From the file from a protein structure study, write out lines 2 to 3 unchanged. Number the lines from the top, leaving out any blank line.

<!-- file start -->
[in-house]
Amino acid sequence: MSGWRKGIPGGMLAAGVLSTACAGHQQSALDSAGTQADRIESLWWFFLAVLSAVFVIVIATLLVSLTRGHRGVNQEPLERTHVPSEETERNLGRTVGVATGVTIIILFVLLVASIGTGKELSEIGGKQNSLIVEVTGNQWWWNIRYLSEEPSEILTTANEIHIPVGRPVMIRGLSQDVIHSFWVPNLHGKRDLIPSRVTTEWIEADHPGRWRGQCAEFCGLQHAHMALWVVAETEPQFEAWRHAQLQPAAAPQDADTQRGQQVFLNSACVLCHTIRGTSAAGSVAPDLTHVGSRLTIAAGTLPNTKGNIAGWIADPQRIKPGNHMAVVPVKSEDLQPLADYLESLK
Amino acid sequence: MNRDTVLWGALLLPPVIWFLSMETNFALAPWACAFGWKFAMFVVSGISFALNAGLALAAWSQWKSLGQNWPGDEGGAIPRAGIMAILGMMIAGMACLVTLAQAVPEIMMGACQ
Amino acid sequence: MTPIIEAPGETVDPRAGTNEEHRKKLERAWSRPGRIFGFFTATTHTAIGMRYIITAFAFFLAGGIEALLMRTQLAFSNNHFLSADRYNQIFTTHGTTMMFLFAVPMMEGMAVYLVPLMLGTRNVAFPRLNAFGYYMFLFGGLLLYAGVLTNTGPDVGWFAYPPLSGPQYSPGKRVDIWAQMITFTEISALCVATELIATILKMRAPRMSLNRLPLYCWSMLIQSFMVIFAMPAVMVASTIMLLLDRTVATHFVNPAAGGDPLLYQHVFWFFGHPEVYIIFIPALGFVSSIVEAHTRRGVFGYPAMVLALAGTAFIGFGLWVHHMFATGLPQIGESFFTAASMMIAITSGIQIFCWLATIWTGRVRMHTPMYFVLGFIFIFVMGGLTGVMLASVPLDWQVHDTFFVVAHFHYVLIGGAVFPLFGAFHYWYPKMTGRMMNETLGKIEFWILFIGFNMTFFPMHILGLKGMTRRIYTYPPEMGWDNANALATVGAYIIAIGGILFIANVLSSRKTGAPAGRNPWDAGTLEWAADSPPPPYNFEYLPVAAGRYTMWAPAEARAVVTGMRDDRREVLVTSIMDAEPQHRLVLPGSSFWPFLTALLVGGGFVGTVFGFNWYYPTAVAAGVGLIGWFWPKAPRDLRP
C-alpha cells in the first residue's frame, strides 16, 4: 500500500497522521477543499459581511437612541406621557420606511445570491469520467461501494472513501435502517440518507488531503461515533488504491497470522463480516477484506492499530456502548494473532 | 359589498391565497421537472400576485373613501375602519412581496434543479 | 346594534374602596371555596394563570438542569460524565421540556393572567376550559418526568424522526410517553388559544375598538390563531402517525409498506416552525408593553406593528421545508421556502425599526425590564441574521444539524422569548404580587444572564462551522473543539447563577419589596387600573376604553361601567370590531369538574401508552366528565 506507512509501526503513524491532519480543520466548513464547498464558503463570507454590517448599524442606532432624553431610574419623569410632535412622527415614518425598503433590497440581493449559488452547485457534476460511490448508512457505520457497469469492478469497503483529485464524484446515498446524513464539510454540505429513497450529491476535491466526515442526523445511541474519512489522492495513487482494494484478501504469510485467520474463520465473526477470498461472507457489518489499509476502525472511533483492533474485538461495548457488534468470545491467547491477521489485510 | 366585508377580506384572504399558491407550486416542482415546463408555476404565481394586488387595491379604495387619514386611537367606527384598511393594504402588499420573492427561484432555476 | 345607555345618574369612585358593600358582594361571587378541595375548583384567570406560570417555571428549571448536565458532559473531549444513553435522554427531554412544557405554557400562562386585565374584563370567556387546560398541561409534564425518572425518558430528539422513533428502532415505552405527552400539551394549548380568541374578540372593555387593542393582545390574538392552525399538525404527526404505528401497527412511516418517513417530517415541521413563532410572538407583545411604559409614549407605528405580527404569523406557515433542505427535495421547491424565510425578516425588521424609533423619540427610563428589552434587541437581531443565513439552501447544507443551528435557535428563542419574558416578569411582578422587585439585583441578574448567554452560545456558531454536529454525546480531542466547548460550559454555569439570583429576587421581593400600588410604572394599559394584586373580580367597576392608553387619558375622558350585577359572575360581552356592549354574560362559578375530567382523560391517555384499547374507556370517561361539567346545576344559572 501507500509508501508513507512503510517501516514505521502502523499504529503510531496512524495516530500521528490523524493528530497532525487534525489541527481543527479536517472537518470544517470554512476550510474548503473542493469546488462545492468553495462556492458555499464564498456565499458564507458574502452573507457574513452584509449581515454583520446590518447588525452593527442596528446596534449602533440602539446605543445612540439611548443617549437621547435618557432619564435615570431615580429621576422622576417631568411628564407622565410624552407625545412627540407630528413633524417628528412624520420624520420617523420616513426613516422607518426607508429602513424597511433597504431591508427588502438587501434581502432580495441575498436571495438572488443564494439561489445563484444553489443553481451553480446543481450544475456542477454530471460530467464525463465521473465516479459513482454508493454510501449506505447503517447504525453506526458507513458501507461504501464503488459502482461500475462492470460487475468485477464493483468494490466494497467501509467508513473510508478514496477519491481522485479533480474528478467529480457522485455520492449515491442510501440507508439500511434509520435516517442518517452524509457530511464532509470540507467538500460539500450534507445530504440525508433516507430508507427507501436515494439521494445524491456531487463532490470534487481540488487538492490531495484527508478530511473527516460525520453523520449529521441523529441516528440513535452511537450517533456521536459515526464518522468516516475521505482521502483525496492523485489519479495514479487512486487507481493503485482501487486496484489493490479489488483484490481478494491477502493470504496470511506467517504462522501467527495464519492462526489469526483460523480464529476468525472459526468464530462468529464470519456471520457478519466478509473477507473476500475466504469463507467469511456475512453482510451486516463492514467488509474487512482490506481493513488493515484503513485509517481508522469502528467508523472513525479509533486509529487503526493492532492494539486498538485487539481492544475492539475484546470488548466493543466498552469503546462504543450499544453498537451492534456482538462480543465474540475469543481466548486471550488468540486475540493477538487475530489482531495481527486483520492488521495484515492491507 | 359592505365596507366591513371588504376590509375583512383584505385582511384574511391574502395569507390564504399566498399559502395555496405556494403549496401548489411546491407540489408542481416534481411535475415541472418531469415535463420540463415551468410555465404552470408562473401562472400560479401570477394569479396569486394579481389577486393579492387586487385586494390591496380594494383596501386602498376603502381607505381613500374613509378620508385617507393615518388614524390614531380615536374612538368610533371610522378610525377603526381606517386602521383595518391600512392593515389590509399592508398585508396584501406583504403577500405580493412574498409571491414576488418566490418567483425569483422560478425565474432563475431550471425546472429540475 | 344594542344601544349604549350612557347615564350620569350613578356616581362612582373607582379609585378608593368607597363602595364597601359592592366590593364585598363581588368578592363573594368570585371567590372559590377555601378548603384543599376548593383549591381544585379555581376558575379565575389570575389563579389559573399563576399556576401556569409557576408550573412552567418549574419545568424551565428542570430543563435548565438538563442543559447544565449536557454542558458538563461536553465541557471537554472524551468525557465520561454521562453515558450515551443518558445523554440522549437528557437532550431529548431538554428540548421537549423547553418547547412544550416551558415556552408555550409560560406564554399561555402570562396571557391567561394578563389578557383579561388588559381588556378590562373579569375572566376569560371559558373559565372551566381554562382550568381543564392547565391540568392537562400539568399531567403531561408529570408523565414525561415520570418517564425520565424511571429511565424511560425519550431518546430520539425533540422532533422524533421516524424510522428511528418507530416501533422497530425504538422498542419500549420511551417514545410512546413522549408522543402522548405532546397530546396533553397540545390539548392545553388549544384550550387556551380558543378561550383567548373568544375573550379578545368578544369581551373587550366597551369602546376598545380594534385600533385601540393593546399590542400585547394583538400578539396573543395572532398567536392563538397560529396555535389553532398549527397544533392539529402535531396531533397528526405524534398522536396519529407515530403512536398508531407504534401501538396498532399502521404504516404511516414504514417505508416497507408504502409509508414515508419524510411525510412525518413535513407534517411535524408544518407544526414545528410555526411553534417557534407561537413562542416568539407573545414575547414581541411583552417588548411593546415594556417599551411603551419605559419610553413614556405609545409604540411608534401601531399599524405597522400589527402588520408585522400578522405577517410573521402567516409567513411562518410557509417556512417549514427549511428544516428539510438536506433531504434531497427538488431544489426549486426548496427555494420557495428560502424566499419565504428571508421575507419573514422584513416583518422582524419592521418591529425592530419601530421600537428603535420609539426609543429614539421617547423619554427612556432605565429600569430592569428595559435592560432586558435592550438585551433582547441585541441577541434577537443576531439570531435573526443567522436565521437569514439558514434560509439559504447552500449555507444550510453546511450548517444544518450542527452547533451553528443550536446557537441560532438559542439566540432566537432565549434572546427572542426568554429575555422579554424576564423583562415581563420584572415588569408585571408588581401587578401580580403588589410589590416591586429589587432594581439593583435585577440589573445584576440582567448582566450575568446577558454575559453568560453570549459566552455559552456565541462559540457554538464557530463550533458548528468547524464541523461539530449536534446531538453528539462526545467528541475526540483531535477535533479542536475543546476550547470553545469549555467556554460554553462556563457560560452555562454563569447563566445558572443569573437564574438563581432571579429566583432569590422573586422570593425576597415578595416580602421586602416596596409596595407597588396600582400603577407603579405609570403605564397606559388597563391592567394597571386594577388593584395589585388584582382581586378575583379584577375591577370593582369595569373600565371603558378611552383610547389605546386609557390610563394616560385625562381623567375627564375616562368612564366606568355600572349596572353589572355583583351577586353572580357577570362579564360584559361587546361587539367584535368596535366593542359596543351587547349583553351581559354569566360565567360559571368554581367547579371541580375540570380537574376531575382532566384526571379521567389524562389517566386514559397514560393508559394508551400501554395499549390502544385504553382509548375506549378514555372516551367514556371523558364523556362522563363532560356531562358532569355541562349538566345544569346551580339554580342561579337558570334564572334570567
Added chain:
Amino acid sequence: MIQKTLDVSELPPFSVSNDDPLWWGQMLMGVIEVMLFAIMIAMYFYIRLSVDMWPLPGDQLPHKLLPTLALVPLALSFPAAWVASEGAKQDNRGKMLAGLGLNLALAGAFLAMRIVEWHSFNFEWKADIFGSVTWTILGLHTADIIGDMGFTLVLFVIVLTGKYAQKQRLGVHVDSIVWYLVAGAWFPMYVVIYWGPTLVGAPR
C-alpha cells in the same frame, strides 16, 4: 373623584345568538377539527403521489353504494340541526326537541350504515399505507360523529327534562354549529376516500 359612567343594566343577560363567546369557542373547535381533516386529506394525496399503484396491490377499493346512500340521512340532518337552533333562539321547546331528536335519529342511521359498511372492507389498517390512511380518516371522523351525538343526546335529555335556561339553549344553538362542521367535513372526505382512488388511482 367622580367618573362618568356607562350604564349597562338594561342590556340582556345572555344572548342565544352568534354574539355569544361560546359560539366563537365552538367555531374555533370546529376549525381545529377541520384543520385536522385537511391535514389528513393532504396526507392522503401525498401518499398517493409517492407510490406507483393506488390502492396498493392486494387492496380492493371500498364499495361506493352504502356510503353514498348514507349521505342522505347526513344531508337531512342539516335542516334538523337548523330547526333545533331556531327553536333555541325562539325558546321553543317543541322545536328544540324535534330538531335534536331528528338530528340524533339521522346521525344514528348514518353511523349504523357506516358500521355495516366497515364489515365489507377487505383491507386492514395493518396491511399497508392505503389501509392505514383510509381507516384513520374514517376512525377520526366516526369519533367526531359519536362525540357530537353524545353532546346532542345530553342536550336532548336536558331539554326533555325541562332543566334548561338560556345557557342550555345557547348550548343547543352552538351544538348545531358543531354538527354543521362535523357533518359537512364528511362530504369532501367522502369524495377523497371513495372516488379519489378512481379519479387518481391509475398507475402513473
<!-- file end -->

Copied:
Amino acid sequence: MSGWRKGIPGGMLAAGVLSTACAGHQQSALDSAGTQADRIESLWWFFLAVLSAVFVIVIATLLVSLTRGHRGVNQEPLERTHVPSEETERNLGRTVGVATGVTIIILFVLLVASIGTGKELSEIGGKQNSLIVEVTGNQWWWNIRYLSEEPSEILTTANEIHIPVGRPVMIRGLSQDVIHSFWVPNLHGKRDLIPSRVTTEWIEADHPGRWRGQCAEFCGLQHAHMALWVVAETEPQFEAWRHAQLQPAAAPQDADTQRGQQVFLNSACVLCHTIRGTSAAGSVAPDLTHVGSRLTIAAGTLPNTKGNIAGWIADPQRIKPGNHMAVVPVKSEDLQPLADYLESLK
Amino acid sequence: MNRDTVLWGALLLPPVIWFLSMETNFALAPWACAFGWKFAMFVVSGISFALNAGLALAAWSQWKSLGQNWPGDEGGAIPRAGIMAILGMMIAGMACLVTLAQAVPEIMMGACQ